The London 3D Printshow Keynote by Winston Hendrickson – VP of Adobe’s Digital Imaging Products

Adobe’s Winston Hendrickson opened the London 3D Printshow this morning and provided an insight into the trends of the creative industry and it’s future, by reflecting on how technology has created an opportunity to push innovation in ways that were never conceived previously.

The artistic world never stops converting ideas into content and creations. Since the dawn of time we have been chasing better ways to make an impact and improve ways that this is achieved.  Over the decades, there have been many advancements in technology that  supports this creative vision and has enabled us to make a creative impact, but also allows is to be more effective in a faster time.
Creative expression is a uniquely human experience and people are the best creative engines’
We can break down where we are now from history in to three distinct areas :-
Film, Digital and Content.
The arrival of the film camera in the early 1800’s opened up brand new possibilities for the visual arts.  Pioneering artists such as Jerry Uelsmann embraced the invention of the camera and then found ingenious ways to extend what could be created with it. 
Using techniques such as photomontage, combination printing, overpainting, and retouching, the work of these artists ranged from compensating for the limits of the technology (e.g. film emulsions being overly sensitive to blues causing skies to be overexposed), to create highly abstract works of imagination. These photographers opened up the artistic horizon and by doing so, prompted new inventions to happen.
Throughout this process a pattern emerged, each invention established new creative avenues and subsequently artists would then start to push the possibilities, taking ideas to different places.  In turn, this activity led to new inventions and created a cycle that advanced the state of the art at an increasing rate over the previous years.
The arrival of the personal computer, Photoshop, and the digital cameras opened up vast new array of visual possibilities.  More and more people were able to express themselves with images and explore a broad design space very quickly.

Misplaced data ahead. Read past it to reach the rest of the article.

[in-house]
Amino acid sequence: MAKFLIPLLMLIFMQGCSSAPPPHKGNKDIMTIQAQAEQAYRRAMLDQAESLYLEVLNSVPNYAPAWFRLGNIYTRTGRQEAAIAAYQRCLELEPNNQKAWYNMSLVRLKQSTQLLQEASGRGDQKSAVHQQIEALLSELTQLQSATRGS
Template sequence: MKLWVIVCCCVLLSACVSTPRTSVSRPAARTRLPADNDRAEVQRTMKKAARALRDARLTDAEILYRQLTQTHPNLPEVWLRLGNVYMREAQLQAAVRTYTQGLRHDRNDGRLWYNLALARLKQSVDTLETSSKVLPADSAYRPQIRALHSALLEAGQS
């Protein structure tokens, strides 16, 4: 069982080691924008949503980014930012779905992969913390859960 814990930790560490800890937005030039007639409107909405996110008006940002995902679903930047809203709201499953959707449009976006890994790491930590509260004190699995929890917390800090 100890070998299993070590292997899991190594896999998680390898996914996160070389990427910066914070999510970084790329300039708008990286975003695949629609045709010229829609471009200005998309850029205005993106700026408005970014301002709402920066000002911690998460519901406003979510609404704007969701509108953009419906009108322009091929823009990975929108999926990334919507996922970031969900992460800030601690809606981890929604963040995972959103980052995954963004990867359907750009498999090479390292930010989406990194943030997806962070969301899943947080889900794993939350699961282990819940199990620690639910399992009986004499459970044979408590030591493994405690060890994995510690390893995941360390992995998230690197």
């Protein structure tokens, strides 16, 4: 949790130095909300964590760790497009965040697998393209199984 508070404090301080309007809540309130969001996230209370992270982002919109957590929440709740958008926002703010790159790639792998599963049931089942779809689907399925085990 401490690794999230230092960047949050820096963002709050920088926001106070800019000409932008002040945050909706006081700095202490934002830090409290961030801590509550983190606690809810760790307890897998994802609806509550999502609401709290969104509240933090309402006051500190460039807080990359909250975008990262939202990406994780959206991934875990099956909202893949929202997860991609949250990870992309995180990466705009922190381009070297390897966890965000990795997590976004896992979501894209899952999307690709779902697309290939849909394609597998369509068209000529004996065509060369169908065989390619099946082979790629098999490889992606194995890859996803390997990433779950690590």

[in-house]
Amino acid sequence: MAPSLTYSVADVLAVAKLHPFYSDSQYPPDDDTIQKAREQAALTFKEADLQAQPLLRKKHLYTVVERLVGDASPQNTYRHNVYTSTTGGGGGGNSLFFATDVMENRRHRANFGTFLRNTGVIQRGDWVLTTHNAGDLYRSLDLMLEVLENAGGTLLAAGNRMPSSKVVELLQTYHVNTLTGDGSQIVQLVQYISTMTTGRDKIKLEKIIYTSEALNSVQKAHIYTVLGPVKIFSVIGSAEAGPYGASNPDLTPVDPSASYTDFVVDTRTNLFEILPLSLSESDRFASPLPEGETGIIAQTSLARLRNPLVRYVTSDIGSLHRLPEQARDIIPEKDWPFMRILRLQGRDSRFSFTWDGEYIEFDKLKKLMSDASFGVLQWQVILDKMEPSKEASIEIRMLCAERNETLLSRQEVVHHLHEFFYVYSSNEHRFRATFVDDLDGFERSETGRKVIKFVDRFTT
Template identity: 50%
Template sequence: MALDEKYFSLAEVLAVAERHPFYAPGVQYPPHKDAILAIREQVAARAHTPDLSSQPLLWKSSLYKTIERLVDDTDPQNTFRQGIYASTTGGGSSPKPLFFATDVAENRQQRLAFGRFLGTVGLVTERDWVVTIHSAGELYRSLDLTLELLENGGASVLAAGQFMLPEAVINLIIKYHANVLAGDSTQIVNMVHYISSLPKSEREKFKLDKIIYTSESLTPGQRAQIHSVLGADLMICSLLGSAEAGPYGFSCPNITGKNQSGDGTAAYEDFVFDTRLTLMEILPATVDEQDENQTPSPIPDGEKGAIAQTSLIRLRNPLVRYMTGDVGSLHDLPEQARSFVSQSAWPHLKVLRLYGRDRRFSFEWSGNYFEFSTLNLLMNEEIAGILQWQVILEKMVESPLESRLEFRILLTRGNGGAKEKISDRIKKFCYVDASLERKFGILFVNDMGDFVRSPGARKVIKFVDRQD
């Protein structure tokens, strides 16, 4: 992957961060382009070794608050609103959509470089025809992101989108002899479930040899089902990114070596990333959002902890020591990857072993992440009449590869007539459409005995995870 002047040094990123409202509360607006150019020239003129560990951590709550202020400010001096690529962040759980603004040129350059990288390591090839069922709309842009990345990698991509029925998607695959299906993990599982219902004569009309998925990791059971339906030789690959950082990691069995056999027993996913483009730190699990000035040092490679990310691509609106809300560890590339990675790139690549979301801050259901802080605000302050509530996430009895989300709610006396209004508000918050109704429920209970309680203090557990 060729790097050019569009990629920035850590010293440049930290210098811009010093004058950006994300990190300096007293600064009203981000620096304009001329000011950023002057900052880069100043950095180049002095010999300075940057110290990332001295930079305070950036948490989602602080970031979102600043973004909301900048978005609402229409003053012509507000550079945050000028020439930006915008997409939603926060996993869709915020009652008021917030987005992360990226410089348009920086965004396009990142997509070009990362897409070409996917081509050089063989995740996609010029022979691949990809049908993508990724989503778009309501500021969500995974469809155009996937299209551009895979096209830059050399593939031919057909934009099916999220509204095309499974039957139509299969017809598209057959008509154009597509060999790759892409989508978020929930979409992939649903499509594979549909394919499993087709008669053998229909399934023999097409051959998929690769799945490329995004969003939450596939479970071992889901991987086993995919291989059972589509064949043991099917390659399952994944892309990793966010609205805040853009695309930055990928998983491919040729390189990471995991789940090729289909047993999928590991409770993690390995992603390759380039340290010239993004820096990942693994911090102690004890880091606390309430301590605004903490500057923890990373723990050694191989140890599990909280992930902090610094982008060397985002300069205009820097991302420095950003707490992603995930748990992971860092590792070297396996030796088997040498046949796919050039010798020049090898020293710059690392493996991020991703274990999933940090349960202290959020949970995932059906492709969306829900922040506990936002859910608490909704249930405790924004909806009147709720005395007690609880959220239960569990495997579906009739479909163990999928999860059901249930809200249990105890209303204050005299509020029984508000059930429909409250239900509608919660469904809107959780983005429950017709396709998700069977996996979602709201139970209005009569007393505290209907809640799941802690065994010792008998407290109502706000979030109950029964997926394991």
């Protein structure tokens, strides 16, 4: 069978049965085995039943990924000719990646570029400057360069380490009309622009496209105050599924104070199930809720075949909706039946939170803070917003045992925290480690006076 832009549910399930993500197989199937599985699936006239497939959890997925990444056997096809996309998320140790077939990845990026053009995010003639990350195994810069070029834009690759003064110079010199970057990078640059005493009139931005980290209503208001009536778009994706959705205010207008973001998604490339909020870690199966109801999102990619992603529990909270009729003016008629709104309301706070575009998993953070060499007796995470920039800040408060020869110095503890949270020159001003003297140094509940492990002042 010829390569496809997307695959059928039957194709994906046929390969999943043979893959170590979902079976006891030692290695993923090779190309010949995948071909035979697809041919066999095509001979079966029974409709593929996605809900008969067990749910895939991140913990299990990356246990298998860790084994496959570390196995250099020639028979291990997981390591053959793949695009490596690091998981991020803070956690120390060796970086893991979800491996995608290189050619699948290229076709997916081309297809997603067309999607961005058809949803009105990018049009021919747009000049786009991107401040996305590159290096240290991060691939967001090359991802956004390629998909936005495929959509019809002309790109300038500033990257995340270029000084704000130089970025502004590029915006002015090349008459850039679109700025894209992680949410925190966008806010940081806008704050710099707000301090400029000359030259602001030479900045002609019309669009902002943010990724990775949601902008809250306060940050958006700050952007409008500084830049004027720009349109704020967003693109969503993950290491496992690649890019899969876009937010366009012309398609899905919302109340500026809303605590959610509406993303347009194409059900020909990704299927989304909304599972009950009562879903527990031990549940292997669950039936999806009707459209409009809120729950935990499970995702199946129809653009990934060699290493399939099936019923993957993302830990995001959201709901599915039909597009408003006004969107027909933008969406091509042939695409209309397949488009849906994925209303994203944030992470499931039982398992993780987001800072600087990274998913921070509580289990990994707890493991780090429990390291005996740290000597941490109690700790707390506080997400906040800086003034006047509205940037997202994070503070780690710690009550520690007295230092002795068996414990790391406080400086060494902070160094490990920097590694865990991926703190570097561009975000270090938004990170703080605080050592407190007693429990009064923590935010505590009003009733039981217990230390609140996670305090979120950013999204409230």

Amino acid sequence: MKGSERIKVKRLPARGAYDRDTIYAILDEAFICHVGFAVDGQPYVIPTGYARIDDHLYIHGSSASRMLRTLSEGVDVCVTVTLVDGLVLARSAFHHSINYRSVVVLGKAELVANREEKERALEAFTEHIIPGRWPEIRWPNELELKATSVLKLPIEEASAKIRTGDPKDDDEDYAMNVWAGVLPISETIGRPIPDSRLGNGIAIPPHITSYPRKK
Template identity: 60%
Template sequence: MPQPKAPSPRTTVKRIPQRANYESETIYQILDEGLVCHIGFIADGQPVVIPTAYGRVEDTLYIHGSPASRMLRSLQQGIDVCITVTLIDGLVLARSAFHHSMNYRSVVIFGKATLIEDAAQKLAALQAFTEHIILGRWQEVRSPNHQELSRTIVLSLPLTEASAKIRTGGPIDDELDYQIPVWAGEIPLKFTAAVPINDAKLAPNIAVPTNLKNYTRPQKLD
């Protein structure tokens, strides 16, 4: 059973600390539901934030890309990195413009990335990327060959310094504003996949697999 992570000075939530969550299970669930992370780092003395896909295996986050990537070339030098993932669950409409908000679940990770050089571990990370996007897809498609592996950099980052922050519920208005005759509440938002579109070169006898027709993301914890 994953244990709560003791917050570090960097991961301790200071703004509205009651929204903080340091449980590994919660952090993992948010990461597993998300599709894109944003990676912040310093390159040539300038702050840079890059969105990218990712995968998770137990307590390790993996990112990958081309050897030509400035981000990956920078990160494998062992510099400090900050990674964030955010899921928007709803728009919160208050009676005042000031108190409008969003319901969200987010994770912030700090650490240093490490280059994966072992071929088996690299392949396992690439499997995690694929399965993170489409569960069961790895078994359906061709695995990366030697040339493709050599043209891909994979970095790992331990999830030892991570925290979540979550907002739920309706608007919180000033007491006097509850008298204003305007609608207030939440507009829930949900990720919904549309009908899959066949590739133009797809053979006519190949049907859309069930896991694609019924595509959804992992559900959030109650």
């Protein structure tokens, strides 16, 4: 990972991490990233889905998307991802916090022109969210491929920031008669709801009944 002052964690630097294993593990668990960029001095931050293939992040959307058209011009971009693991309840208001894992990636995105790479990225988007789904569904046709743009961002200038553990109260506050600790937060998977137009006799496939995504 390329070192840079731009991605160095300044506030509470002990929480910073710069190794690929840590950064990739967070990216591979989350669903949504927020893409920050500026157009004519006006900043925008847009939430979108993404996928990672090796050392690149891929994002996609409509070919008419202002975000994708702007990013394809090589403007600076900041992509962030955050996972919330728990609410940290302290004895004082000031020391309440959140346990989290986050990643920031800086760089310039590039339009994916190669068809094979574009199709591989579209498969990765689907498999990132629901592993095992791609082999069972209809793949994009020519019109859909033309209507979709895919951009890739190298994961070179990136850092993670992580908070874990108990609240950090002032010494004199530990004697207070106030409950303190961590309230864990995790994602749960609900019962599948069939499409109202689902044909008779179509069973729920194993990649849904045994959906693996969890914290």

As Adobe moved from the Layers technology to the Healing Brush to the amazing Content Aware technology, new visionaries such as Bert Monroy, Maggie Taylor, and many others created groundbreaking new media that changed the world.  Digital artists freely combined images, illustrations, paintings, 3D, and video in the pursuit of great work and were able to create highly compelling content. 

With the convergence of Mobile, Cloud and desktop computing a new dawn of digital media is starting to take form and the creative process is once again going through a dramatic change. More diverse ideas are being expressed in digital media, at a faster rate and touching more people via different channels than ever before. Social networks have had had a huge impact on the way people interact with each other, as an example, people now tell stories with images and video, than using traditional text. This year alone will see more photographs taken than ever before. The world and how people engage and consume information is changing once again and at an even greater than than ever before. To put this into context, over 4 Zettabytes of digital information was consumed last year and this was a 50% growth on previous year.
The Future is already here
3D Printing

The 3D print journey began with industrial manufacturing in the 1980s, where it was used for prototyping and replacement parts. Recently, 3D printing technology has been applied to the medical, dental and aerospace fields. This advancement has lead to the creation of customised content and now personalised parts.  But, through recent advancements in hardware technology and material innovation, the opportunity for artists to easily produce custom physical objects has opened up.

Creatives can now take advantage of a broad range of materials and produce 3D printed pieces that can exist in physical space as well as the digital world.  This shift marks an inflection point for the 3D printing industry, and a new era of 3D printed content is emerging from creative artists from around the world. This shift has clearly marked a change in this industry – it has moved from a technology business into a content business stimulating huge growth.

Benefits of 3D and 3D Printing
There are three core attributes that make content more compelling for consumers, which will drive demand for that content and the tools and technology that enable it:
·       Aesthetic – the visual appeal of the object
·       Familiarity – such as branded characters
·       Personalised – embedding a piece of the consumer within the content
3D printing can deliver on all of these.  But, for 3D printing to achieve its artistic potential the process of producing content must be  efficient, accessible, and of high fidelity. If we expand on these areas, the opportunity will present itself.
·       Efficient - Designing 3D printed content today is complex and laborious. It forces artists to devote too much time and energy on the process instead of the result.  Tools for empowering artistic expression is the key to creating great content.  There is a need for the tools to allow artists to pursue their vision, without the distraction of complexities of technology. Ultimately artists are artists and not engineers.
·       Accessible – not limited to just skilled specialists.  It is critical that 3D printing becomes available to all creatives and tools which are familiar to them.